The 20-year study, published in the journal Field Crops Research, investigated methods to improve K deficiencies prevalent in large areas of soil across China.
“In China, the current priority for agricultural policy is high crop yields to meet the food demands of a large and growing population. Long-term sustainable high crop yields require integrated management practices, including the application of K fertilizers,” the researchers wrote.
While modern cultivars were more effective at absorbing potassium and had higher yield potential, in China maize yields had not substantially increased due to adverse weather conditions, they claimed.
K fertilizer had worked to increase grain yields where applied in north China, but around 40% of south China’s agricultural land remained potassium deficient, they explained.
“An understanding of K use and efficiency in the soil–crop system is, therefore, essential for the development of more sustainable K fertilization, especially as many Chinese soils are deficient in K.”
Integrated, sustainable method…
The researchers found that integrated management practices worked best to improve the K value of Chinese soil.
Potassium-rich maize cultivars could be reintegrated into the soil after harvesting, they said, to improve K absorption and thus reduce the application rate of K fertilizers.
In addition, deep-rooting crops could be used to ensure K below 40 cm is utilized, they explained.
Potassium’s vital function
Potassium is an essential plant macronutrient. It plays a key role in the synthesis of cells, enzymes, protein, starch, cellulose, and vitamins; in nutrient transport and uptake, in augmenting resistance to abiotic and biotic stresses and enhancing crop quality.
Despite its vital function, research into K optimization has been neglected – in favor of nitrogen (N) and phosphorus (P) – because its affects on cereal production is less discernible than N and P.
“Improvement in K use efficiency can effectively alleviate K deficit status and decrease the potential negative impacts of nitrogen fertilizers in China,” the researchers wrote.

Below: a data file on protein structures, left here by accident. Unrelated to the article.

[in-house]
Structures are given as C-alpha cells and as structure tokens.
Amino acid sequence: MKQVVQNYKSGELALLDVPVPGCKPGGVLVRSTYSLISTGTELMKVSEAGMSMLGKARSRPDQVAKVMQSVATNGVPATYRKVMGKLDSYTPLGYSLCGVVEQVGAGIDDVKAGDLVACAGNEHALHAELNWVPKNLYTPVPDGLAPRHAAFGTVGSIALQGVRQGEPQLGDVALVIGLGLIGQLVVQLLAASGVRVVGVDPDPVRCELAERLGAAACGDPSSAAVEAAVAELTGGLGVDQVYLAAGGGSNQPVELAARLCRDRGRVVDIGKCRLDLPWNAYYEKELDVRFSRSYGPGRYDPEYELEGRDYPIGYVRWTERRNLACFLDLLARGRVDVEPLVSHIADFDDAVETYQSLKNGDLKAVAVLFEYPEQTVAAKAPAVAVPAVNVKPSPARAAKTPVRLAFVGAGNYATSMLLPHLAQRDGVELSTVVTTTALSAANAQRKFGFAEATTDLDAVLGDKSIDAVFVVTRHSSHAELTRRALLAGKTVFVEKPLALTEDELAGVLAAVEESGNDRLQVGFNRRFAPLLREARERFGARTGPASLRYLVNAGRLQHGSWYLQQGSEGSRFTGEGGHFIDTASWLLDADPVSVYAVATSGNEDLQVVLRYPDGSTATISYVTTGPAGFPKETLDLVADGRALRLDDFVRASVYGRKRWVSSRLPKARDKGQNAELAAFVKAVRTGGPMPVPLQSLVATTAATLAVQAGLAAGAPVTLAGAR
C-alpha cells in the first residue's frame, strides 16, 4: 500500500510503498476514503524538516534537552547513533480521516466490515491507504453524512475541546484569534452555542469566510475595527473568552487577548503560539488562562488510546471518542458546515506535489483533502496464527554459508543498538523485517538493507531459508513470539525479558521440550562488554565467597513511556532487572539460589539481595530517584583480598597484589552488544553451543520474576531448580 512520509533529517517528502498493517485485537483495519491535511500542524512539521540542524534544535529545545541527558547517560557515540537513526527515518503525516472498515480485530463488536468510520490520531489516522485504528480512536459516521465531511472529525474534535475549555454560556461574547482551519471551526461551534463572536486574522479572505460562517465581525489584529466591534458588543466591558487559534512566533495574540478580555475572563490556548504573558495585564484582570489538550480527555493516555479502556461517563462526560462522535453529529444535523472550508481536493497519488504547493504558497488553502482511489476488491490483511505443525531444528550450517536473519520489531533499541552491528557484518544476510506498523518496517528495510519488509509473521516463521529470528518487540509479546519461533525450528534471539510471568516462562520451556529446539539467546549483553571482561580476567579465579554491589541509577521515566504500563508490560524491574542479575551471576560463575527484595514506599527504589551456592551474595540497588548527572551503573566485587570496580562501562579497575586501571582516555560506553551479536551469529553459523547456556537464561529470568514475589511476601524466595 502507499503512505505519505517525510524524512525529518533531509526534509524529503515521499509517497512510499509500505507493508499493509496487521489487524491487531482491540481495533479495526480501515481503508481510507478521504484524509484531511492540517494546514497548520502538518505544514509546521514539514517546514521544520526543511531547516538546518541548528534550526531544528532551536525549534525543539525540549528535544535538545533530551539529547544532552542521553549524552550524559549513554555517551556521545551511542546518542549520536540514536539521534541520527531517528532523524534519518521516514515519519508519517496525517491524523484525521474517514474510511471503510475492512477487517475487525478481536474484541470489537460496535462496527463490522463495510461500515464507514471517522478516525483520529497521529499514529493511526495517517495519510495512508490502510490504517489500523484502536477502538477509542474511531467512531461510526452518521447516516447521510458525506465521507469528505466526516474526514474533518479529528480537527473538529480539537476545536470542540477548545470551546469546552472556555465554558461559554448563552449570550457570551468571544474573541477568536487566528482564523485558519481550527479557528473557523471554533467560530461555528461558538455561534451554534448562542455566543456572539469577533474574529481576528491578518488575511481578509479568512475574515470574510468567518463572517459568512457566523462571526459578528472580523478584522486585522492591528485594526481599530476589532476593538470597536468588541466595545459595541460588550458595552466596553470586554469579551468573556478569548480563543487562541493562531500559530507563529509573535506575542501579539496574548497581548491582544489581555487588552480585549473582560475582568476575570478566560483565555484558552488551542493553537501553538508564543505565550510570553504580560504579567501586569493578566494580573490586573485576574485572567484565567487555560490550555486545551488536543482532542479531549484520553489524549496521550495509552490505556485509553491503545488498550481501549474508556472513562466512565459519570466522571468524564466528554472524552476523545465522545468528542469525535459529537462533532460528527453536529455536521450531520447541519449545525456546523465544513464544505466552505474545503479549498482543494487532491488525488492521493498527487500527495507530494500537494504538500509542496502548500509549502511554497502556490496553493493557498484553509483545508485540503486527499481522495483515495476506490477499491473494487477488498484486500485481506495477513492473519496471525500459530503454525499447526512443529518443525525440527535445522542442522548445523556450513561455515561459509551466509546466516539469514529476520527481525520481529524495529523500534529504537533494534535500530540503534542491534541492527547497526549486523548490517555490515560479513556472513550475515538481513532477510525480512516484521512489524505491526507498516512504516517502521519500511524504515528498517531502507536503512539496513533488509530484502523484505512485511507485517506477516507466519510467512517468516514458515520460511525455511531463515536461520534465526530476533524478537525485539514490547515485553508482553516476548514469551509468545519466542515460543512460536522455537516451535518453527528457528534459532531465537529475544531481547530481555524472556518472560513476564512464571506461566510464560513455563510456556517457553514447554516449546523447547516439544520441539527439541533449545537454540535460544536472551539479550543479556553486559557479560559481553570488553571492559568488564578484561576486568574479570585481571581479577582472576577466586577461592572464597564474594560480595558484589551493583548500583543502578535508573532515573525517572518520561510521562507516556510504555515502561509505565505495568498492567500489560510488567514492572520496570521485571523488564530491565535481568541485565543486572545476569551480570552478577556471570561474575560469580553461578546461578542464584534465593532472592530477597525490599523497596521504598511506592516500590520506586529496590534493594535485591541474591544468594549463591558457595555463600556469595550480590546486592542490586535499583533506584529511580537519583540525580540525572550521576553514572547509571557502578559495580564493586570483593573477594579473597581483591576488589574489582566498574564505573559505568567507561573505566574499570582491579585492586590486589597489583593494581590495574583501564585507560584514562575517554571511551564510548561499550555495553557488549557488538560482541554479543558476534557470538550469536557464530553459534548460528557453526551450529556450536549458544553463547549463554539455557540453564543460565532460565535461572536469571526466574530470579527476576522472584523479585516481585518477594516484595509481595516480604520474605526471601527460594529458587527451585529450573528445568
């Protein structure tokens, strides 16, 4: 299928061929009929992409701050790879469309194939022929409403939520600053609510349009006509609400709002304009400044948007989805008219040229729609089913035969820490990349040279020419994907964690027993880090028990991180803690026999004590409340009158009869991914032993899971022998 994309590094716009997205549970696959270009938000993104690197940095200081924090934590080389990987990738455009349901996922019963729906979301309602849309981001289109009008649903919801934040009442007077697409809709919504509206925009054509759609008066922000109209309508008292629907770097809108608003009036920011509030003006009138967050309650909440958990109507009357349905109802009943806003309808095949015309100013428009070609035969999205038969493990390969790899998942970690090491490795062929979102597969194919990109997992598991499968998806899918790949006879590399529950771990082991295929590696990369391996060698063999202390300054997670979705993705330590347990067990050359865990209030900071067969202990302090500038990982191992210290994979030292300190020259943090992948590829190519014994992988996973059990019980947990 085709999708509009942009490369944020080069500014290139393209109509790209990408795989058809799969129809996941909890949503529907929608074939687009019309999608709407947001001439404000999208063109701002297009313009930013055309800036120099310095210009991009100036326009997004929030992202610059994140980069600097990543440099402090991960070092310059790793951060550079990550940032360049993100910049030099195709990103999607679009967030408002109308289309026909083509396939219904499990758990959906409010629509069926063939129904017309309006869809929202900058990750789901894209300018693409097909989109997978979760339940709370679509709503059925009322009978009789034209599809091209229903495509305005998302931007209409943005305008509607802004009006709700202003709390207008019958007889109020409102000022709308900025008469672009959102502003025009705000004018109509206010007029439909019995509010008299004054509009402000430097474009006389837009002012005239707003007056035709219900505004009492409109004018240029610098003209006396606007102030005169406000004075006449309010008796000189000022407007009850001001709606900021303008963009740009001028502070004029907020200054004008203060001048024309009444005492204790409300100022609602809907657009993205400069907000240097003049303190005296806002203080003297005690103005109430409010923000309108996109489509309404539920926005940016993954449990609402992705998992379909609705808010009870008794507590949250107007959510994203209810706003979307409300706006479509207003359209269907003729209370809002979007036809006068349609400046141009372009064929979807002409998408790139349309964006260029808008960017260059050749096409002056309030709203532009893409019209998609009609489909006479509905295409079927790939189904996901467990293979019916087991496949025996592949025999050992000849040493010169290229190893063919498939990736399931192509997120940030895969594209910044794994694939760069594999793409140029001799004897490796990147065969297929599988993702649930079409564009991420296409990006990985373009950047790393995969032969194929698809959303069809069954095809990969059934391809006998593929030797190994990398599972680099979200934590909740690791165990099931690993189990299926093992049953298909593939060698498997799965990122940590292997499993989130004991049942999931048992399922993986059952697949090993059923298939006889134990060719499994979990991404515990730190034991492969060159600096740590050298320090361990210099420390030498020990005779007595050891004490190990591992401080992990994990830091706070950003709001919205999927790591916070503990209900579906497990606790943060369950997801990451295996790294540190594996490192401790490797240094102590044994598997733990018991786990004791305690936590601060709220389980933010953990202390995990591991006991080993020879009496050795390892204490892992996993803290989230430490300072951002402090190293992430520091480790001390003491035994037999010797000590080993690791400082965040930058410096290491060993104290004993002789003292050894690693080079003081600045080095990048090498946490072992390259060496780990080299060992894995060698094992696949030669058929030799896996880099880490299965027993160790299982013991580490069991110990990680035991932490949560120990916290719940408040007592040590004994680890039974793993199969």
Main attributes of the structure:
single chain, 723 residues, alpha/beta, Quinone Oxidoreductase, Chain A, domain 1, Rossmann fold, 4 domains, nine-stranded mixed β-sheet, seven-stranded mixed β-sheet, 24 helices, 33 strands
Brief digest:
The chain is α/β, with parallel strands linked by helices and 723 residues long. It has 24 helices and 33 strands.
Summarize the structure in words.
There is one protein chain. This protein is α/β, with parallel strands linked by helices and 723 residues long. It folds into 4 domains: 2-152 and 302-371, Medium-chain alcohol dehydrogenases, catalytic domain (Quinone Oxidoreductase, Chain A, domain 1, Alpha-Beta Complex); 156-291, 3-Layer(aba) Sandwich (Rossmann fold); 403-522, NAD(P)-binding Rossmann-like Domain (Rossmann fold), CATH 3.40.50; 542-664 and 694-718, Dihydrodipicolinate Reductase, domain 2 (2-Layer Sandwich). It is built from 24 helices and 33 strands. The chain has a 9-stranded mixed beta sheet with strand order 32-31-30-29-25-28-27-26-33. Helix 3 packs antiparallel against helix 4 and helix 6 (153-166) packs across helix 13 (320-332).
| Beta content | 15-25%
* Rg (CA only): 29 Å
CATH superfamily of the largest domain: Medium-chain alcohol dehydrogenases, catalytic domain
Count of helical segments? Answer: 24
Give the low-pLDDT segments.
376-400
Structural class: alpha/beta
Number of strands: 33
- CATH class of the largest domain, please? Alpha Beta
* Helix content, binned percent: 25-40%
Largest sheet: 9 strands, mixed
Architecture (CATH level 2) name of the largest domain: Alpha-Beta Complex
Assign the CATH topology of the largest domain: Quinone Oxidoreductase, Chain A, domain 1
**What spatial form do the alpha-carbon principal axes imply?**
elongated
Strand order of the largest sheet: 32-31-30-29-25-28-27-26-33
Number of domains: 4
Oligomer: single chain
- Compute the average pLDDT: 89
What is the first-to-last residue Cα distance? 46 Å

The purpose of this research was to clarify the effects and efficiency of chemical K fertilizers on crop yields and examine changes in soil K content (to a depth of 100cm) and input-output balance after long-term chemical application.
Earlier studies concluded that K application under farming management practices increased summer maize grain yields by 9.9–14.9% compared with crops with no K application. This study endorsed previous conclusions, the researchers said.
Researchers noted significant increases to maize yields after K application and rates of 113 and 225 kg per hectare year on year increased average yields by 15.1 and 13.8%.
The optimal application rate was calculated at 150kg per hectare each year.
However they pointed out that results were dependent on certain variables, such as genotypic crop variations in efficiency of K uptake and differences in plant density.
They added: “If the K application rate was exceeded or not synchronized to crop K demand, not only did grain yield cease to increase, but the K use efficiency also decreased and leaching of exchangeable K occurred.”
Source: Field Crops Research
‘Long-term effects of potassium fertilization on yield, efficiency, and soilfertility status in a rain-fed maize system in northeast China’
Authors:Shaojun Qiu, Jiagui Xie, Shicheng Zhao, Xinpeng Xu, Yunpeng Hou, Xiufang Wang, Wei Zhou, Ping He, Adrian M. Johnston, Peter Christie,Jiyun Jin